definite agreed on getting the pysch assessment,the sooner the better so this does not start to cause even bigger problems for him at school as it will take a while to sort out support for him.


    -by the way,its hard to see he coud have real hate for his mum and dad,
    a lot of kids say that but it isnt true,dont feel are bad parents.

    some do it for reaction or to make mum or dad feel bad for making the kid feel bad,some do it because they dont like or dont understand something their mum or dad has done,they may not be able to understand what they feel and only know how to transfer hurt.
    ask him to paint/draw based on various stages throughout the day, or how he feels there and then,it might explain better than what he can in words.


  • Closed Accounts Posts: 155 ✭✭TheLynx


    a good paddling


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  • Closed Accounts Posts: 23,862 ✭✭✭✭January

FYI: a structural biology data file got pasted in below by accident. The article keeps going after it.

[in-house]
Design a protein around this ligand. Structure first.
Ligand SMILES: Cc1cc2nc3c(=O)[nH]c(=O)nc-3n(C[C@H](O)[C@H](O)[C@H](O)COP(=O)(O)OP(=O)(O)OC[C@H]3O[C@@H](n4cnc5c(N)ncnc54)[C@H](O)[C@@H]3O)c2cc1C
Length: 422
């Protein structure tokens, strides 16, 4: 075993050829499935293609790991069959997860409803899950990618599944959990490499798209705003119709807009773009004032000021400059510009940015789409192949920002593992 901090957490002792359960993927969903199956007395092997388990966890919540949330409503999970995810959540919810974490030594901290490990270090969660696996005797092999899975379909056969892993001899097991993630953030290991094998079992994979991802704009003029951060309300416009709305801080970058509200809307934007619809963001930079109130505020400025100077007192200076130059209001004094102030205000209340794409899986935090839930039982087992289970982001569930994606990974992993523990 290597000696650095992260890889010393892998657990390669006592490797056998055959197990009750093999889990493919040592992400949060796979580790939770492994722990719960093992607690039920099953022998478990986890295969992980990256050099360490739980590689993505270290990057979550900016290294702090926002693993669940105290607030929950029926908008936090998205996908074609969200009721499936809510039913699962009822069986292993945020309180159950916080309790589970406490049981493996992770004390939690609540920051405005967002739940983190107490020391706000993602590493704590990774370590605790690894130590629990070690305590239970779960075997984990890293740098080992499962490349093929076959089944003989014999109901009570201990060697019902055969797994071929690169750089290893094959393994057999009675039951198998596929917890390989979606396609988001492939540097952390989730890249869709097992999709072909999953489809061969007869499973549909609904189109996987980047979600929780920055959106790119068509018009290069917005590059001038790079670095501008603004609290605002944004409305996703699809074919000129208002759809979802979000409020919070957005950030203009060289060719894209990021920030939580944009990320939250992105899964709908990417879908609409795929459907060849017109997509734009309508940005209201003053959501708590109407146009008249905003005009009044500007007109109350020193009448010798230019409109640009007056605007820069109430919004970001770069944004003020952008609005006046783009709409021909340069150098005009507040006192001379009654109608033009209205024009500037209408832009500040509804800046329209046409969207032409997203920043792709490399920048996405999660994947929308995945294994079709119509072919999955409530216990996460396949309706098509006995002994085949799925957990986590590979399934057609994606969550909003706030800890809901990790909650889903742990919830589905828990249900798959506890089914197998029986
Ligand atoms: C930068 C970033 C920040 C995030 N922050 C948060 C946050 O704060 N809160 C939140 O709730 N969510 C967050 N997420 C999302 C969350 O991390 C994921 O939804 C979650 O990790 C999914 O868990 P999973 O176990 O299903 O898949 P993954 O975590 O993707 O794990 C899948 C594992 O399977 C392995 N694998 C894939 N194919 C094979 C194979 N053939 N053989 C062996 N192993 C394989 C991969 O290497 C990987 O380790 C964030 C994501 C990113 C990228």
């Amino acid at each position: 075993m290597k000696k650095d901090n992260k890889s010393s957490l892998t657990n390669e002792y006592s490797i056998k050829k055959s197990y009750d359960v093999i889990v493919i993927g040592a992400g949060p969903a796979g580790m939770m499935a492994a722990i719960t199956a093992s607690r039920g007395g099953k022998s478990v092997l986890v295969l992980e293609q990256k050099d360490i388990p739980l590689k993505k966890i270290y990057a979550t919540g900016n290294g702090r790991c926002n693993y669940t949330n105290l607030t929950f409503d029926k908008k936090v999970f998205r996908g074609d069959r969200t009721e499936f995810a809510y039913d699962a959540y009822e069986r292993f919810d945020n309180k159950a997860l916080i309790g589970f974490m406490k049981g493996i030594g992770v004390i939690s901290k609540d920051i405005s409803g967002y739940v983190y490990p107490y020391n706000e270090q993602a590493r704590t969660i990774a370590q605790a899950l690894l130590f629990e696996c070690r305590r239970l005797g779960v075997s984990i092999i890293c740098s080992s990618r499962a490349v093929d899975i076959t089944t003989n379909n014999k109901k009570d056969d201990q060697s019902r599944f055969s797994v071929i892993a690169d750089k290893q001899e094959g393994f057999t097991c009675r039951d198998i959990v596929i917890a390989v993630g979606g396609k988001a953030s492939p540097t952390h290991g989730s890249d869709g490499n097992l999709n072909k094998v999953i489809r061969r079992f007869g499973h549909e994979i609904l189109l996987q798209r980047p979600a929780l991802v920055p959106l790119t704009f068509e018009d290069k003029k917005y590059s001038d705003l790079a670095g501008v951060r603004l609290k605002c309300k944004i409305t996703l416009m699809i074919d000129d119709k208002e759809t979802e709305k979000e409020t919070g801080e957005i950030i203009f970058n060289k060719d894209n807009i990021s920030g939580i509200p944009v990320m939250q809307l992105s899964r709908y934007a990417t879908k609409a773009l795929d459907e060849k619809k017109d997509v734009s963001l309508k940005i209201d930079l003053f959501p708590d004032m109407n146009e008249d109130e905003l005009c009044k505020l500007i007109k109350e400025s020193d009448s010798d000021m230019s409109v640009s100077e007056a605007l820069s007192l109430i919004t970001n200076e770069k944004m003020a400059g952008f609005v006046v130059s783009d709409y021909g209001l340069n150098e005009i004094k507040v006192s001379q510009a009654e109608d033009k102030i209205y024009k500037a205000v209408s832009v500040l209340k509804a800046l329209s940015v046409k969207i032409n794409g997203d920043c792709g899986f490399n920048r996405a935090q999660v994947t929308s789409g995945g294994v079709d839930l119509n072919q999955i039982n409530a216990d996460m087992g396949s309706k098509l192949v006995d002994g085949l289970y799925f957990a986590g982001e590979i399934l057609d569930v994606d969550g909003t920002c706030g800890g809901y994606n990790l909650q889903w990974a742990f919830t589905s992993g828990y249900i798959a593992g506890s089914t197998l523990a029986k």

TheLynx wrote: »
    a good paddling

    Advocating violence is not accepted here.


  • Registered Users Posts: 750 ✭✭✭Pretty Polly


    I would speak to his teacher in school (if he is not being home schooled). The teacher may have noticed a few things about his behaviour and the teachers comments and observations may be insightful. :)


  • Closed Accounts Posts: 7 Maeki


    First of all, an official and clinical diagnosis is very important because it will determine your course of action. Adhd in pre-teens/teens is a struggle specially to the parents because it the rebellious stage of your child's life. They want to be independent and yet they don't know the difference between right and wrong and peer pressure is the major cause of their screw up. And whats worst about it is that adhd makes the situation even more complicated. Thats why there are programs for teens with adhd, it helps them deal with their peers, school, family and their own self. Programs such as counseling, therapy that also involves the family, support groups, therapeutic camps and school. I think you should consider enrolling your child on those programs. :D